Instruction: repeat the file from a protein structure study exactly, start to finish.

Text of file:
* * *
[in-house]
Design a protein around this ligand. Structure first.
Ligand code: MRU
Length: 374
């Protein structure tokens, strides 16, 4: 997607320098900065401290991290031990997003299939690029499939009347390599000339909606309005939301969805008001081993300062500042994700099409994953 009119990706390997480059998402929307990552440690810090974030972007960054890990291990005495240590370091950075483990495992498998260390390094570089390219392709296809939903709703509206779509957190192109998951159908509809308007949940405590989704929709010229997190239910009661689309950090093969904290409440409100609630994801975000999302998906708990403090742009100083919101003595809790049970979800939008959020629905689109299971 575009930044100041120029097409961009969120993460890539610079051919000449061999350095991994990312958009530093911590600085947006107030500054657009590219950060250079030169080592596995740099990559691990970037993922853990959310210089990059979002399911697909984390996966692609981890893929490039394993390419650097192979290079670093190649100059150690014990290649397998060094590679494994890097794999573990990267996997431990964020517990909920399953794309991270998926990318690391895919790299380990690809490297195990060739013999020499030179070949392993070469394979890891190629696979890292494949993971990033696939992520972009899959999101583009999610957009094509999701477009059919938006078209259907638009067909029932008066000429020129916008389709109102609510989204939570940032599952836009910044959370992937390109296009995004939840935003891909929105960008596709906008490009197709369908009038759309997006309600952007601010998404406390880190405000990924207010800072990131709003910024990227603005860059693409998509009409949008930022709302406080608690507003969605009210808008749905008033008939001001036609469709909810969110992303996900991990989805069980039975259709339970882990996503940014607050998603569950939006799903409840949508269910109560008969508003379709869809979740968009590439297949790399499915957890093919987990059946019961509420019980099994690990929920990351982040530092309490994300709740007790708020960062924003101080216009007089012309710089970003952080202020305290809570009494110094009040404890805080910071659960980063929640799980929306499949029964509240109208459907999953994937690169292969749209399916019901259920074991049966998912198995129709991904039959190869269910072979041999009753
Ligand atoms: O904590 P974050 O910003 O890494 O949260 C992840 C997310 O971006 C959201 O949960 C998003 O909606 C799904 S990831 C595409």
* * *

[in-house]
Design a protein around this ligand. Structure first.
Ligand code: MRU
Length: 374
């Protein structure tokens, strides 16, 4: 997607320098900065401290991290031990997003299939690029499939009347390599000339909606309005939301969805008001081993300062500042994700099409994953 009119990706390997480059998402929307990552440690810090974030972007960054890990291990005495240590370091950075483990495992498998260390390094570089390219392709296809939903709703509206779509957190192109998951159908509809308007949940405590989704929709010229997190239910009661689309950090093969904290409440409100609630994801975000999302998906708990403090742009100083919101003595809790049970979800939008959020629905689109299971 575009930044100041120029097409961009969120993460890539610079051919000449061999350095991994990312958009530093911590600085947006107030500054657009590219950060250079030169080592596995740099990559691990970037993922853990959310210089990059979002399911697909984390996966692609981890893929490039394993390419650097192979290079670093190649100059150690014990290649397998060094590679494994890097794999573990990267996997431990964020517990909920399953794309991270998926990318690391895919790299380990690809490297195990060739013999020499030179070949392993070469394979890891190629696979890292494949993971990033696939992520972009899959999101583009999610957009094509999701477009059919938006078209259907638009067909029932008066000429020129916008389709109102609510989204939570940032599952836009910044959370992937390109296009995004939840935003891909929105960008596709906008490009197709369908009038759309997006309600952007601010998404406390880190405000990924207010800072990131709003910024990227603005860059693409998509009409949008930022709302406080608690507003969605009210808008749905008033008939001001036609469709909810969110992303996900991990989805069980039975259709339970882990996503940014607050998603569950939006799903409840949508269910109560008969508003379709869809979740968009590439297949790399499915957890093919987990059946019961509420019980099994690990929920990351982040530092309490994300709740007790708020960062924003101080216009007089012309710089970003952080202020305290809570009494110094009040404890805080910071659960980063929640799980929306499949029964509240109208459907999953994937690169292969749209399916019901259920074991049966998912198995129709991904039959190869269910072979041999009753
Ligand atoms: O904590 P974050 O910003 O890494 O949260 C992840 C997310 O971006 C959201 O949960 C998003 O909606 C799904 S990831 C595409």